Research Article: Family medicine training in Africa: Views of clinical trainers and trainees

Date Published: April 12, 2018

Publisher: AOSIS

Author(s): Louis S. Jenkins, Klaus von Pressentin.

http://doi.org/10.4102/phcfm.v10i1.1638

Abstract

This article reports on the findings of a workshop held at the joint 5th World Organisation of Family Doctors (WONCA) Africa and 20th National Family Practitioners Conference in Tshwane, South Africa, in 2017. Postgraduate training for family medicine in Africa takes place in the clinical workspace at the bedside or next to the patient in the clinic, district hospital or regional hospital. Direct supervisor observation, exchange of reflection and feedback, and learning conversations between the supervisor and the registrar are central to learning and assessment processes.

The aim of the workshop was to understand how family medicine registrars (postgraduate trainees in family medicine) in Africa learn in the workplace.

Thirty-five trainers and registrars from nine African countries, the United Kingdom, United States and Sweden participated. South Africa was represented by the universities of Cape Town, Limpopo, Pretoria, Sefako Makgatho, Stellenbosch, Walter Sisulu and Witwatersrand.

Six major themes were identified: (1) context is critical, (2) learning style of the registrar and (teaching style) of the supervisor, (3) learning portfolio is utilised, (4) interactions between registrar and supervisor, (5) giving and receiving feedback and (6) the competence of the supervisor.

The training of family physicians across Africa shares many common themes. However, there are also big differences among the various countries and even programmes within countries. The way forward would include exploring the local contextual enablers that influence the learning conversations between trainees and their supervisors. Family medicine training institutions and organisations (such as WONCA Africa and the South African Academy of Family Physicians) have a critical role to play in supporting trainees and trainers towards developing local competencies which facilitate learning in the clinical workplace dominated by service delivery pressures.

Partial Text

This article reports on the findings of a workshop held at the joint 5th World Organisation of Family Doctors (WONCA) Africa and 20th National Family Practitioners Conference in Tshwane, South Africa, in August 2017. Postgraduate training for family medicine in Africa takes place in the clinical workplace at the bedside or next to the patient in the clinic, district hospital or regional hospital.1,2 Direct observation of the registrar by the supervisor with a learning conversation that evokes reflection and provides feedback is central to both training and assessment processes.3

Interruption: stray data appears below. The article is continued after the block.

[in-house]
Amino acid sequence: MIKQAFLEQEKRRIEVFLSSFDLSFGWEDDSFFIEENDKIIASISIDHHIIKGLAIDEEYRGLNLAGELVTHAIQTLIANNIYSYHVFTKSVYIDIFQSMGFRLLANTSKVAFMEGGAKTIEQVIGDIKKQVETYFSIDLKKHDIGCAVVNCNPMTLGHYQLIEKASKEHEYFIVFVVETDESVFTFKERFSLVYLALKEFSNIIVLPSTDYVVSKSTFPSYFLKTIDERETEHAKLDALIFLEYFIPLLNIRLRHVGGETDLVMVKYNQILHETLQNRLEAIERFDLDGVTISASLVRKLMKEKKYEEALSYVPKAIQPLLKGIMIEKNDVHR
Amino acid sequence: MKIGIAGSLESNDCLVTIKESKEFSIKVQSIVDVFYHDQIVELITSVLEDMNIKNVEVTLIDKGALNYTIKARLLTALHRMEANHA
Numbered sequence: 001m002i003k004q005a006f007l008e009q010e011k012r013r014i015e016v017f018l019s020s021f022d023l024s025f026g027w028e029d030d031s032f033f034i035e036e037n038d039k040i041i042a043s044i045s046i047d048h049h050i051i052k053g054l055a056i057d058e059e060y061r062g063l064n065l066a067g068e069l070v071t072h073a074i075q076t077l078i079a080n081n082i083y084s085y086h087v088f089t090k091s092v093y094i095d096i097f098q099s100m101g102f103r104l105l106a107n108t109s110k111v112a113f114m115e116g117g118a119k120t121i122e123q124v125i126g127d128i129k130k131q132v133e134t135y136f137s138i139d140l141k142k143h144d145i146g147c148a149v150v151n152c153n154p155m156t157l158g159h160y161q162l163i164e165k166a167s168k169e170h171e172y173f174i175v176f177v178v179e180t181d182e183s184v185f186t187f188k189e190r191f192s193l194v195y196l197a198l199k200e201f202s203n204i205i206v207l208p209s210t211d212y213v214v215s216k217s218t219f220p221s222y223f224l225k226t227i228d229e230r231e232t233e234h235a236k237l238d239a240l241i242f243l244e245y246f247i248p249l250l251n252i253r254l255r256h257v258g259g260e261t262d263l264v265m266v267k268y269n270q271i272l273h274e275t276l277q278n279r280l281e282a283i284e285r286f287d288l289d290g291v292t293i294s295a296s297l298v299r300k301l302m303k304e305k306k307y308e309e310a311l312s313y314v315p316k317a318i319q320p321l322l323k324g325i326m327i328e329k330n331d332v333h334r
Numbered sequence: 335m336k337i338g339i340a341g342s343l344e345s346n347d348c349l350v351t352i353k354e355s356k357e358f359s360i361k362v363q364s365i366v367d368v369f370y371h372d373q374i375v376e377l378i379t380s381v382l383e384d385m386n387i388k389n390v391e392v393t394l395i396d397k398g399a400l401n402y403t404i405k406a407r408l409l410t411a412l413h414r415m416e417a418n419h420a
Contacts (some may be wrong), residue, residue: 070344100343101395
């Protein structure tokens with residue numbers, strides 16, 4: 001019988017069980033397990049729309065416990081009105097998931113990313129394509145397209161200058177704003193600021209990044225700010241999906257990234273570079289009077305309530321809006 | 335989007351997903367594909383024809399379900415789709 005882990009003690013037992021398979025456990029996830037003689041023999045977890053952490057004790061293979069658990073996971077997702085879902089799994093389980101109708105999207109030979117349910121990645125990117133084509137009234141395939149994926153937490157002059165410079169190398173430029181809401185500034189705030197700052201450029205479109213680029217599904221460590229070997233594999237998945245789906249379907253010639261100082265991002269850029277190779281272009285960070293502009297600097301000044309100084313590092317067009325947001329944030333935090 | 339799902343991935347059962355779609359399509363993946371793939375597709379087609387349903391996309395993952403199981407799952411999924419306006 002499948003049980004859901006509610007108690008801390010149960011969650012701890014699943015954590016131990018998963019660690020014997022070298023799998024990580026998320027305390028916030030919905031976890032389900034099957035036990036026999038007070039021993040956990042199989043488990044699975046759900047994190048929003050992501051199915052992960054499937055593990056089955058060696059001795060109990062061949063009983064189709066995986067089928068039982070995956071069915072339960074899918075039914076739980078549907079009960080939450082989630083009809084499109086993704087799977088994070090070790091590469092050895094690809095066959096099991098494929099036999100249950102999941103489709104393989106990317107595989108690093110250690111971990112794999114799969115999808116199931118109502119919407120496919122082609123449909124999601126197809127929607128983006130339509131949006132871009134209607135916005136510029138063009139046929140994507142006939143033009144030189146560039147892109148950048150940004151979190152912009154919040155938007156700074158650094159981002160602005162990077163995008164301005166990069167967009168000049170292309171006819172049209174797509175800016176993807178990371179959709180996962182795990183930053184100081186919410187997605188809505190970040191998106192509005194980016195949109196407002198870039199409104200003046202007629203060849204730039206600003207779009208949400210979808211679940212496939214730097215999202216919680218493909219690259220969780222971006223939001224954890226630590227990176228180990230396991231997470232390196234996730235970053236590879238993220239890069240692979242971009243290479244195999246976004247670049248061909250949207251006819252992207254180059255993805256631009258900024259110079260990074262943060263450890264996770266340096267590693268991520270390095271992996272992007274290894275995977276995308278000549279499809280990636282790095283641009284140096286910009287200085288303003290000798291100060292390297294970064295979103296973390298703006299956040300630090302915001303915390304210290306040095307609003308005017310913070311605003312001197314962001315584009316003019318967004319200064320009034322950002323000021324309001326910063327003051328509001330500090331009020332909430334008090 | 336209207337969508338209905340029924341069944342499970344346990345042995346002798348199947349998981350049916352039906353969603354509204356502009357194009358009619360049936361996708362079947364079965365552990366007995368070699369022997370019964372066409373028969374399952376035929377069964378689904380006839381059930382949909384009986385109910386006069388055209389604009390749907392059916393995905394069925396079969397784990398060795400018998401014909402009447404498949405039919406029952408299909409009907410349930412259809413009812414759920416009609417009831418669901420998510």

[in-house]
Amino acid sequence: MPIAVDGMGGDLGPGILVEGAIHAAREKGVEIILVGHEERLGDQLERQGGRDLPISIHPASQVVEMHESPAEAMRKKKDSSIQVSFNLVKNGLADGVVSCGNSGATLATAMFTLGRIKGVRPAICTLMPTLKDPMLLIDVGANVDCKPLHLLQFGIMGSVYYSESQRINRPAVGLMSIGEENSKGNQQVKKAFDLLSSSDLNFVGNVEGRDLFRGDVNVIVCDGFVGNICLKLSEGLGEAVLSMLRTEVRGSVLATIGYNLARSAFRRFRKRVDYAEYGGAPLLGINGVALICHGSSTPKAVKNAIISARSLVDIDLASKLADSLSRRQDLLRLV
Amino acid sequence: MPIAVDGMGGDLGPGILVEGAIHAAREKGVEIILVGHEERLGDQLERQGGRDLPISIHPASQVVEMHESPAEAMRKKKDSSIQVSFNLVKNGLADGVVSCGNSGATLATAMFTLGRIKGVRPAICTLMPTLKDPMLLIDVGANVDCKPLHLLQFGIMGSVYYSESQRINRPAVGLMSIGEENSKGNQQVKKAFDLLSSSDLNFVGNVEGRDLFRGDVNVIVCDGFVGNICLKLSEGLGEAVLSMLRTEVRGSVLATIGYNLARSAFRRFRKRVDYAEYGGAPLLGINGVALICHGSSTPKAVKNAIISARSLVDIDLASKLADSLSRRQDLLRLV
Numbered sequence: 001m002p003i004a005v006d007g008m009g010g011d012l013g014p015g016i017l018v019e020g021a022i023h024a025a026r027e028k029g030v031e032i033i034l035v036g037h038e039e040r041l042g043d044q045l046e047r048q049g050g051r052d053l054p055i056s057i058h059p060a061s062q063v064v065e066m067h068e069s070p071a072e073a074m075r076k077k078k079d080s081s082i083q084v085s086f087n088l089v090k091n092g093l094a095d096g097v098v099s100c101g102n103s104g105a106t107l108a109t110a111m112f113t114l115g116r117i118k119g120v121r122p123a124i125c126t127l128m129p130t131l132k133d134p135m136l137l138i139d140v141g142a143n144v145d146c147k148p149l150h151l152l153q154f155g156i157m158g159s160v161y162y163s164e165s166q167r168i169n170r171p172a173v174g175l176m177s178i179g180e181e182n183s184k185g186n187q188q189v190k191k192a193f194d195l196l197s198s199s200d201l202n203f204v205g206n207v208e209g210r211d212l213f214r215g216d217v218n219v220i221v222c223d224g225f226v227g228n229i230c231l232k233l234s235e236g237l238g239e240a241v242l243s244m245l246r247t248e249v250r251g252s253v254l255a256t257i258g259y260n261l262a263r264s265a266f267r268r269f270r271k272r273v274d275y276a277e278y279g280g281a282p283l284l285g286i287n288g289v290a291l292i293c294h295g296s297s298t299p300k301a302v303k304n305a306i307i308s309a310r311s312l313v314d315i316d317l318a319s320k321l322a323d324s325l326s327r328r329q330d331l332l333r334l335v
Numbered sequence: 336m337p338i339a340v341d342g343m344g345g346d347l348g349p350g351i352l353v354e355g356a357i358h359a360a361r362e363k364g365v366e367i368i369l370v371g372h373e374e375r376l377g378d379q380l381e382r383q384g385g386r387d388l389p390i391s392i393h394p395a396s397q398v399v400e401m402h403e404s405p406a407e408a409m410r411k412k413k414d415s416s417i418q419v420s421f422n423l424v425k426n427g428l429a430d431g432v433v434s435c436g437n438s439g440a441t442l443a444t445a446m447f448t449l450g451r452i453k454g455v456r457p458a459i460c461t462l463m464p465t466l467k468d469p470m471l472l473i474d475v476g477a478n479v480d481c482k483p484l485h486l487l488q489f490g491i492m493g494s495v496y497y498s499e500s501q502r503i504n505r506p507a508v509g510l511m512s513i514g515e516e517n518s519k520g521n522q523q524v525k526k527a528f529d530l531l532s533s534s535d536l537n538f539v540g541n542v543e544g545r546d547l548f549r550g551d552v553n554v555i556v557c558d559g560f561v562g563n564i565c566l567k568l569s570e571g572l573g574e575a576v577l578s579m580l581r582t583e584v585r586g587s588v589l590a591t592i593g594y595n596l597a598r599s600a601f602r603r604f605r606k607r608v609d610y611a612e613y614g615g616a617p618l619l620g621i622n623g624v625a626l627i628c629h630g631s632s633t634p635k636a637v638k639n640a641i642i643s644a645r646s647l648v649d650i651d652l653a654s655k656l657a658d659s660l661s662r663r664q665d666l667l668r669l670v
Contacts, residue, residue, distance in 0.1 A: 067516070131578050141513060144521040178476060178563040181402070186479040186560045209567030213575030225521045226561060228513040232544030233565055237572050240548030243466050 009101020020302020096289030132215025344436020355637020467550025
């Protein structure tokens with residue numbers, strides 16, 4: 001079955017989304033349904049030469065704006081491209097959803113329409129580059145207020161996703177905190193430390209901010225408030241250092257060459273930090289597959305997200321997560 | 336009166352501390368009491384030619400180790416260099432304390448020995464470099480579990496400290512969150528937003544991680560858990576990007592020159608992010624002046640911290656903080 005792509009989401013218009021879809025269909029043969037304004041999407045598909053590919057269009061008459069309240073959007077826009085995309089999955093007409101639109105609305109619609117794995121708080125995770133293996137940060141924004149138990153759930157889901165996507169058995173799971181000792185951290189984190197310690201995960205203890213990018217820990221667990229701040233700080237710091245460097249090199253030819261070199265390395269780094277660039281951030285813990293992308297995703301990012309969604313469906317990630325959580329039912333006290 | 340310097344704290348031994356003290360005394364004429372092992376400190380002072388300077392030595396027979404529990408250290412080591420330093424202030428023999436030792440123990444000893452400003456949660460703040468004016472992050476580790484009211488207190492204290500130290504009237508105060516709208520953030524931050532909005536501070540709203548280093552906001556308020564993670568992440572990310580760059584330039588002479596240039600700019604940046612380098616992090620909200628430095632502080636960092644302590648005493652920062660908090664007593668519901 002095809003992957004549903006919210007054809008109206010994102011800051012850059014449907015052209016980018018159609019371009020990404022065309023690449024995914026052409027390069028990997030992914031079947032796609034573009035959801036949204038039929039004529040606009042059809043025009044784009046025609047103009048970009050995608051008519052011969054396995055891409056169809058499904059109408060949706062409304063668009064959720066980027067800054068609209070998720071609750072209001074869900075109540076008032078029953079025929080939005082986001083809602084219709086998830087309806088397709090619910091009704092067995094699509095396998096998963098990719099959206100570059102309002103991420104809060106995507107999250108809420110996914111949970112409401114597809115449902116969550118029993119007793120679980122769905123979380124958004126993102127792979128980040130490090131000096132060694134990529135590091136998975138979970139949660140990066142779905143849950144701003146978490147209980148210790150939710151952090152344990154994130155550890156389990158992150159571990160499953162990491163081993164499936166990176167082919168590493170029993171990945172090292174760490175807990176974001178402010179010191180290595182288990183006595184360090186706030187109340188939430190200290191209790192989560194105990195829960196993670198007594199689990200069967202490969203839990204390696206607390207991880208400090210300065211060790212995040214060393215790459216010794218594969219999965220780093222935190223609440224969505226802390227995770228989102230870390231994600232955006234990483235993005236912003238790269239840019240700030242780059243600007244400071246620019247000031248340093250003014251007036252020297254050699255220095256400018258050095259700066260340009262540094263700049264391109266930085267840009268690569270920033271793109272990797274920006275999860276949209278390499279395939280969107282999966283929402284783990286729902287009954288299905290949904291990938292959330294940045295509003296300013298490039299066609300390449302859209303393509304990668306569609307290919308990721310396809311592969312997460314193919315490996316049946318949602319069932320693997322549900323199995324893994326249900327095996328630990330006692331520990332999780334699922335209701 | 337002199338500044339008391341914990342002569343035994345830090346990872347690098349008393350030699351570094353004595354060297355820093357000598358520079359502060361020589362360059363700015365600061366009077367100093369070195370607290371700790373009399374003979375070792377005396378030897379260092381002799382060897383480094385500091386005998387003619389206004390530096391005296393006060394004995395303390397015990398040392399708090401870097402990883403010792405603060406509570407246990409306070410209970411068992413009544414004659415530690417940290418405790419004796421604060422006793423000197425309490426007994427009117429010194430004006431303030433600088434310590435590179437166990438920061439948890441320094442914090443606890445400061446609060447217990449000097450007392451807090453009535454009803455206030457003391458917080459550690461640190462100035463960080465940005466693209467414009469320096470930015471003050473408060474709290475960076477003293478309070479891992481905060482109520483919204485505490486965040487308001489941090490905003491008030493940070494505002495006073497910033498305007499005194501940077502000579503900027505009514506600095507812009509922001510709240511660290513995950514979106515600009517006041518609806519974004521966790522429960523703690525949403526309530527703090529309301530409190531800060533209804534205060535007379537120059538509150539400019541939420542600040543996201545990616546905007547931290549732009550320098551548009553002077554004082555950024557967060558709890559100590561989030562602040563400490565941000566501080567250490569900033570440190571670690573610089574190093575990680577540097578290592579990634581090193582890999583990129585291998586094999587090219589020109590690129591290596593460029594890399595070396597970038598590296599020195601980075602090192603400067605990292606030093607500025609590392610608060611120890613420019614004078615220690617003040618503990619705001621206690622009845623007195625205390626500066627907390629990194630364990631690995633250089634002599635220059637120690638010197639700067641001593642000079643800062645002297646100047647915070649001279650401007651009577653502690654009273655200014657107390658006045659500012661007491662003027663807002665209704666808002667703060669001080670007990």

Thirty-five people participated in a 2-h workshop and included trainers and trainees from nine African countries, the United Kingdom, United States and Sweden (see Table 1). South Africa was represented by the universities of Cape Town, Limpopo, Pretoria, Sefako Makgatho, Stellenbosch, Walter Sisulu and Witwatersrand.

Six major themes were identified and are discussed below.

The group appreciated the richness of the discussion and the value of having a variety of countries represented in the workshop. The group members expressed feeling encouraged and felt motivated to use ‘small moments, little bits, part of the mini-CEX’ during learning interactions in the workplace (teachable moments). This will allow the supervisors and registrars to be ‘more real’ in the workplace, as opposed to striving for the hard-to-reach perfect or ideal learning interactions. It will necessitate a more honest and pragmatic approach to harness these learning moments. Ongoing discussions are needed around the validity of continuous assessments in the workplace for national examinations, such as the Fellowship of the College of Family Physicians of South Africa (FCFP[SA]), and the contribution of the learning portfolio to exit examination results. Collaborative training projects, like Training the Clinical Trainers (TCT) project and ‘FamLEAP’ initiative, are trying to address the need for training of supervisors in South Africa and also now Malawi and other countries in Africa in basic workplace-based educational skills, such as formative assessment and giving feedback.13

It was clear from this workshop discussion that the training of family physicians across Africa shares many common themes. However, there are also big differences among the various countries and even programmes within countries. The way forward would include exploring the local contextual enablers that influence the learning conversations between trainees and their supervisors. Family medicine training institutions and organisations (such as WONCA Africa and SAAFP) have a critical role to play in supporting trainees and trainers towards developing local competencies that facilitate learning in the clinical workplace dominated by service delivery pressures.

 

Source:

http://doi.org/10.4102/phcfm.v10i1.1638

 

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